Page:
Assessing intracortical myelin in the living human brain using myelinated cortical thickness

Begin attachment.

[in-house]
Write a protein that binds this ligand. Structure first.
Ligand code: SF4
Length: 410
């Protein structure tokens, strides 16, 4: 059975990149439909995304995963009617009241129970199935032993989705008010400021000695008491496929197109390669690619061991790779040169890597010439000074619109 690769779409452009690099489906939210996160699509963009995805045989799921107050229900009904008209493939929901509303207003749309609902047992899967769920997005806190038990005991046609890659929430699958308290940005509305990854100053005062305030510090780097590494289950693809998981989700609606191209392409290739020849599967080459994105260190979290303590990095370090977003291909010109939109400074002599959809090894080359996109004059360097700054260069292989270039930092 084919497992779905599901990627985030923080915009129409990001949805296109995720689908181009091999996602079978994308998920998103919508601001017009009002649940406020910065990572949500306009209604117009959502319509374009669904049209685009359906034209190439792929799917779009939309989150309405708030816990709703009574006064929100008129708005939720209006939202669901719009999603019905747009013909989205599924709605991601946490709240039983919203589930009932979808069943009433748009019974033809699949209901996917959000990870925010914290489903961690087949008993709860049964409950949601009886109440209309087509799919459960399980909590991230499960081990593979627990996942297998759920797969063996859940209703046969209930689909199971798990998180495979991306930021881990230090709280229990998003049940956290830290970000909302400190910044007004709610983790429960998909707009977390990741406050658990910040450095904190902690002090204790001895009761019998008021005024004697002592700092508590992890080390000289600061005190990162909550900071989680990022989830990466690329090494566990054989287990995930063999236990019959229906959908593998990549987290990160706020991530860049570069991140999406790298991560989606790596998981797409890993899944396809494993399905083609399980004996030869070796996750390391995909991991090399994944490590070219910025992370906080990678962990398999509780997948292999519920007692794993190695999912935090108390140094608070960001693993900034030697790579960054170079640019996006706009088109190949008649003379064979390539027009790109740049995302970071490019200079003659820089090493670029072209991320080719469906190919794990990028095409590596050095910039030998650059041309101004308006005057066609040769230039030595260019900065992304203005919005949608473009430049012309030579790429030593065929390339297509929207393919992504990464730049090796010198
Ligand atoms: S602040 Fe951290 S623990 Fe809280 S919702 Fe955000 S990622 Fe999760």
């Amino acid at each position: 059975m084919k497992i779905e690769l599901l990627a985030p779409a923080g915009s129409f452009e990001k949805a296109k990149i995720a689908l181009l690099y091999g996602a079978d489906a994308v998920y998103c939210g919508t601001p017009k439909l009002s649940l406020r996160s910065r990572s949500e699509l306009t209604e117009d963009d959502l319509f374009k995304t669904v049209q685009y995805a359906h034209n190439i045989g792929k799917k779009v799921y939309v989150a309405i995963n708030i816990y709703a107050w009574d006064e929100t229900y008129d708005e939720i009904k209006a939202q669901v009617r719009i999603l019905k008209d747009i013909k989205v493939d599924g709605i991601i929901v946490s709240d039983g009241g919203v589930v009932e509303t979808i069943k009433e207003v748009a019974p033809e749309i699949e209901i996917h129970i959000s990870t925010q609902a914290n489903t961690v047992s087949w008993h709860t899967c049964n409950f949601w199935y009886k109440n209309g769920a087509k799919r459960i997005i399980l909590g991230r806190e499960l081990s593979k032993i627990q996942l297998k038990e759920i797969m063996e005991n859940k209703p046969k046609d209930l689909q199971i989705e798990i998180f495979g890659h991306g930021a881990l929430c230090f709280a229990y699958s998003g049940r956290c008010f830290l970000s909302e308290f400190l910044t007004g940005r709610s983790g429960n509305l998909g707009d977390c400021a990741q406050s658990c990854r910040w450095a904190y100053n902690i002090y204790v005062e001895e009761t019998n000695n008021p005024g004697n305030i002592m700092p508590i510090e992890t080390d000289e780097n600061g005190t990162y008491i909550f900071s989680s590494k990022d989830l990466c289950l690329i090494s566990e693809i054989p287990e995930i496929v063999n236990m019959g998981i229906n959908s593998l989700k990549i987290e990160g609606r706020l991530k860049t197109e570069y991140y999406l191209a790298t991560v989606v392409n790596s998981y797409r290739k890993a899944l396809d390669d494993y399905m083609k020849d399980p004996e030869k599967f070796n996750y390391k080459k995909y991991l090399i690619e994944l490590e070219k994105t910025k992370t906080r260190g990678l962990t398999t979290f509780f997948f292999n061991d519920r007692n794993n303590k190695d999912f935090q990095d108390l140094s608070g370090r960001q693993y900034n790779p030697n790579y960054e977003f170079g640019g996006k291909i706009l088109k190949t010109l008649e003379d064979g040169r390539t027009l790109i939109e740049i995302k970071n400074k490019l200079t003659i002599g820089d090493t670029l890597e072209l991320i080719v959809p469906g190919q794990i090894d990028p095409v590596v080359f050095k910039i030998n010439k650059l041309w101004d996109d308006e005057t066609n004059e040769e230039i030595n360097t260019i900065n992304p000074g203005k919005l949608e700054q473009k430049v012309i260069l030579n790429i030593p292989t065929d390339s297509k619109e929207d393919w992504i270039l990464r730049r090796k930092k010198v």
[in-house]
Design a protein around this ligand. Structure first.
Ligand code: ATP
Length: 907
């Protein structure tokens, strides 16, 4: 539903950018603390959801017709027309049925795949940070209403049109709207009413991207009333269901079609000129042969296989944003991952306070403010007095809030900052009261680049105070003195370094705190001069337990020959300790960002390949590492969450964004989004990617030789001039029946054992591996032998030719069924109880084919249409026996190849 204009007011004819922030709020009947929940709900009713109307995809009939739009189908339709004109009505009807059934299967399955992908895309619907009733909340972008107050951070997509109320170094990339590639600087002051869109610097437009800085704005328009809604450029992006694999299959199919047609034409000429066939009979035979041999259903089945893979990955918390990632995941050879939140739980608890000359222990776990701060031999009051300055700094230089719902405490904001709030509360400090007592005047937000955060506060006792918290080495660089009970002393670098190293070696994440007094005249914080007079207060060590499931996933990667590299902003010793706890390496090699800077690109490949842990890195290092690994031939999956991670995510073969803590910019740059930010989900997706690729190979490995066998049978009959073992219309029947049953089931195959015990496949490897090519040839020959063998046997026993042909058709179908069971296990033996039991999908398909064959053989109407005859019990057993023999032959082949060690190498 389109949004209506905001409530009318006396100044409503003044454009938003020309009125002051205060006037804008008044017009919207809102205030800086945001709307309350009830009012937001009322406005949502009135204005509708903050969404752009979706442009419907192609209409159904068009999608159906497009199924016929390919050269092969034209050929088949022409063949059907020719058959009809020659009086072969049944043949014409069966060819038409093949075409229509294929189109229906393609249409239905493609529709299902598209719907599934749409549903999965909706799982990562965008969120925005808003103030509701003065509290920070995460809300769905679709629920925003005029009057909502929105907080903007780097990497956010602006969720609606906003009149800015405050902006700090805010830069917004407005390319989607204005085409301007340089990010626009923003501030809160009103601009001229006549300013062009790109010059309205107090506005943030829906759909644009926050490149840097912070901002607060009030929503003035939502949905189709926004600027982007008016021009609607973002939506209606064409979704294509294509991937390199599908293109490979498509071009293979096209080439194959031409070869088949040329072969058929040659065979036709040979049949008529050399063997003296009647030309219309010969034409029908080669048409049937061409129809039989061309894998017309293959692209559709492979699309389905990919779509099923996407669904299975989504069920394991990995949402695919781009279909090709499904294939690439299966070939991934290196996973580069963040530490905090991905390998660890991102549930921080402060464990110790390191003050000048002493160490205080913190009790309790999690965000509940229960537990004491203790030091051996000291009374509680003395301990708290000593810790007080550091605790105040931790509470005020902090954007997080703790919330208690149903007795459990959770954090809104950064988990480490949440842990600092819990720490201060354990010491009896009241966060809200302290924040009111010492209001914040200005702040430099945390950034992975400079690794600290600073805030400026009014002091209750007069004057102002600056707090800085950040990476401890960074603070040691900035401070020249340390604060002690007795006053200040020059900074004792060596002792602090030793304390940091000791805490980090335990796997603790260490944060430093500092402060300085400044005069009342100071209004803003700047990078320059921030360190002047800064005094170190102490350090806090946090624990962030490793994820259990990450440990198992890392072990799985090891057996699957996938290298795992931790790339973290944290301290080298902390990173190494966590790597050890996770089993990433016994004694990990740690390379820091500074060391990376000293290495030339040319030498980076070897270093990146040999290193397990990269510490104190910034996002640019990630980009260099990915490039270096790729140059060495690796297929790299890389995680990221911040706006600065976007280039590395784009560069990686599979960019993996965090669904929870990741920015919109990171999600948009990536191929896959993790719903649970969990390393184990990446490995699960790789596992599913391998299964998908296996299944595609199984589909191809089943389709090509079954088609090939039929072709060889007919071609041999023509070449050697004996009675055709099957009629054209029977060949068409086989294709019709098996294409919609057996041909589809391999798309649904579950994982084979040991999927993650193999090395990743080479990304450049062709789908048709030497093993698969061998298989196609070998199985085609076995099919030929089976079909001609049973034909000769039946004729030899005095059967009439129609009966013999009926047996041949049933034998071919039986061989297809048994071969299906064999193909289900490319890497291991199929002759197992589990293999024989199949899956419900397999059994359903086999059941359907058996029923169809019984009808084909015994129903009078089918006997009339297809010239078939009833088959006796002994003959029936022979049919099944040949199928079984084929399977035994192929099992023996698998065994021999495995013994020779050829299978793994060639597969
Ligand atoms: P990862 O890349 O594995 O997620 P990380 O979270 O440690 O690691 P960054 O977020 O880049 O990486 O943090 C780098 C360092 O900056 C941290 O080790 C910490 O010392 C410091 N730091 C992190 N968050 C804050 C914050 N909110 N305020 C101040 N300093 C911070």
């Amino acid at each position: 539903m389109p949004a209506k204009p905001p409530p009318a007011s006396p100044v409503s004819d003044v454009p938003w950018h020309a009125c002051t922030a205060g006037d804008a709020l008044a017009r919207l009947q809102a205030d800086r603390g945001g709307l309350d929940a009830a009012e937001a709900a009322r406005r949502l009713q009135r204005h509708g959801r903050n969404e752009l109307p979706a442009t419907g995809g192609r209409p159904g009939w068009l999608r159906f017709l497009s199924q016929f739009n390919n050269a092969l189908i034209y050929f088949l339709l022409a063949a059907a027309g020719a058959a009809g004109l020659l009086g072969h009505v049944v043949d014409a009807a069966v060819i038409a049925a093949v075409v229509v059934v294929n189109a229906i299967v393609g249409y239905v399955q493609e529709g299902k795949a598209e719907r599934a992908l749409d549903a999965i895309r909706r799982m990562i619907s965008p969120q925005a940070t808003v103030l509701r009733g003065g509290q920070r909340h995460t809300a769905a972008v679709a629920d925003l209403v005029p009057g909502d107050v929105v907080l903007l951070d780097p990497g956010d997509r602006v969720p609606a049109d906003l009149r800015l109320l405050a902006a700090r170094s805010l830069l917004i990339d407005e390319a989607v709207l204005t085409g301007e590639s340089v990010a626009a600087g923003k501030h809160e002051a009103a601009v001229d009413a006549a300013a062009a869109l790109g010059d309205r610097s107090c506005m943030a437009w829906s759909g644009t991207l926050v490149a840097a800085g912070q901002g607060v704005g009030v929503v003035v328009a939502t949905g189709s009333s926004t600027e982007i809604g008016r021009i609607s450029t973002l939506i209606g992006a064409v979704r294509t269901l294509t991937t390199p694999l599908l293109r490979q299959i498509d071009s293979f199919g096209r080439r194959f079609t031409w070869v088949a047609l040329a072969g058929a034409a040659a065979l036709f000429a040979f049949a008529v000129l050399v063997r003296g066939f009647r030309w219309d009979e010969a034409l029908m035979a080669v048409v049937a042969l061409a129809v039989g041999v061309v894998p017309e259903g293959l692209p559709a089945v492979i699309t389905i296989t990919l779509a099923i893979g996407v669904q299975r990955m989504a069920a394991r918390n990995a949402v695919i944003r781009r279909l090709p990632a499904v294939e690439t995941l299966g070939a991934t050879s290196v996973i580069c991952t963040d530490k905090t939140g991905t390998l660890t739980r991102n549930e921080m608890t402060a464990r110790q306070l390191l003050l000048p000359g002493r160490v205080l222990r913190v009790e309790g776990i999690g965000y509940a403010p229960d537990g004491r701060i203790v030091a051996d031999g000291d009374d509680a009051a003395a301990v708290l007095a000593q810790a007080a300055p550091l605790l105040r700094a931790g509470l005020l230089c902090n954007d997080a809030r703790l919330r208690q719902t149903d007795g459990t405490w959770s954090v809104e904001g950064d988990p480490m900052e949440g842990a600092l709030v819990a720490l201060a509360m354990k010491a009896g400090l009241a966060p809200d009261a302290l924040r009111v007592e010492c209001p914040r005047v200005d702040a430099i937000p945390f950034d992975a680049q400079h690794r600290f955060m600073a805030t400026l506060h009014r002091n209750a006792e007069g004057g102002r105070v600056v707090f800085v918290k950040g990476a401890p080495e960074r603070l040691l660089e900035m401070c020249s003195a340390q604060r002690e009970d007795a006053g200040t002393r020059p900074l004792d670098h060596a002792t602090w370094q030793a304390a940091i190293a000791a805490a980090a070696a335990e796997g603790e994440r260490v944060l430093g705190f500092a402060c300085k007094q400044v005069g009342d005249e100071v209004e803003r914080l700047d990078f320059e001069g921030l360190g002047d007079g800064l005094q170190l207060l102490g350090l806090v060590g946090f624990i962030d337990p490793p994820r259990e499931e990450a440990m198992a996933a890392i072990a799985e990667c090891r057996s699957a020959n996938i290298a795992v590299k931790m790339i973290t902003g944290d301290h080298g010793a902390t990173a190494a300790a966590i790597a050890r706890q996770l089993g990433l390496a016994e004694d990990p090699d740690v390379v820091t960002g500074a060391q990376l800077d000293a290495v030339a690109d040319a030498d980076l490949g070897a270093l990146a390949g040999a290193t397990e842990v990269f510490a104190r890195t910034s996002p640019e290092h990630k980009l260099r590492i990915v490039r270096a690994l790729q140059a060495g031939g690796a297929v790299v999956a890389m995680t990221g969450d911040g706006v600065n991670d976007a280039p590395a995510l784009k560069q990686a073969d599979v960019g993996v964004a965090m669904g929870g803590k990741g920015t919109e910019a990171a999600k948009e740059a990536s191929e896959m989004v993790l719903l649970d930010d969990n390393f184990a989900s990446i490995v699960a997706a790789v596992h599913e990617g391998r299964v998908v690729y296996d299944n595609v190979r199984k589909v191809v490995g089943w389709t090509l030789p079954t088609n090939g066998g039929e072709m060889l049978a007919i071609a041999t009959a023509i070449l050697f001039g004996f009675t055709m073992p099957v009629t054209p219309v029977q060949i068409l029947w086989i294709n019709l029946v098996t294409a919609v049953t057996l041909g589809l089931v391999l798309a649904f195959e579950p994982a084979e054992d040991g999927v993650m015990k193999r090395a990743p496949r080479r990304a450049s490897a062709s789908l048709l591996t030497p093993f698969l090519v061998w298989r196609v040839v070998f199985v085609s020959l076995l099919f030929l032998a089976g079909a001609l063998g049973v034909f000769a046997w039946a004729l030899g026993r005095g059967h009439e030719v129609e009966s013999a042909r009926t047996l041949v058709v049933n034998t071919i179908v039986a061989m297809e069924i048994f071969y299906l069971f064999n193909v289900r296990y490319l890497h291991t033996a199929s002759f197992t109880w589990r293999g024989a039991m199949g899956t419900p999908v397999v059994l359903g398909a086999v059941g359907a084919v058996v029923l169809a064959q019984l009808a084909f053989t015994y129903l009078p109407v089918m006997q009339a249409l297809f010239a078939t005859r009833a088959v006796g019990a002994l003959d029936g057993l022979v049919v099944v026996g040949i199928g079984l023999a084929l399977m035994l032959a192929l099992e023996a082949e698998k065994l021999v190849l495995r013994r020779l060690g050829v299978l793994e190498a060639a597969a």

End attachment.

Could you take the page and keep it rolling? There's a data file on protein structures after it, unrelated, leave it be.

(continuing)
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Alterations in the myelination of the cerebral cortex may underlie abnormal cortical function in a variety of brain diseases. Here, we describe a technique for investigating changes in intracortical myelin in clinical populations on the basis of cortical thickness measurements with magnetic resonance imaging (MRI) at 3 Tesla. For this, we separately compute the thickness of the shallower, lightly myelinated portion of the cortex and its deeper, heavily myelinated portion (referred to herein as unmyelinated and myelinated cortex, respectively). Our expectation is that the thickness of the myelinated cortex will be a specific biomarker for disruptions in myeloarchitecture. We show representative atlases of total cortical thickness, T, unmyelinated cortical thickness, G, and myelinated cortical thickness, M, for a healthy group of 20 female subjects. We further demonstrate myelinated cortical thickness measurements in a preliminary clinical study of 10 bipolar disorder type-I subjects and 10 healthy controls, and report significant decreases in the middle frontal gyrus in T, G, and M in the disorder, with the largest percentage change occurring in M. This study highlights the potential of myelinated cortical thickness measurements for investigating intracortical myelin involvement in brain disease at clinically relevant field strengths and resolutions.
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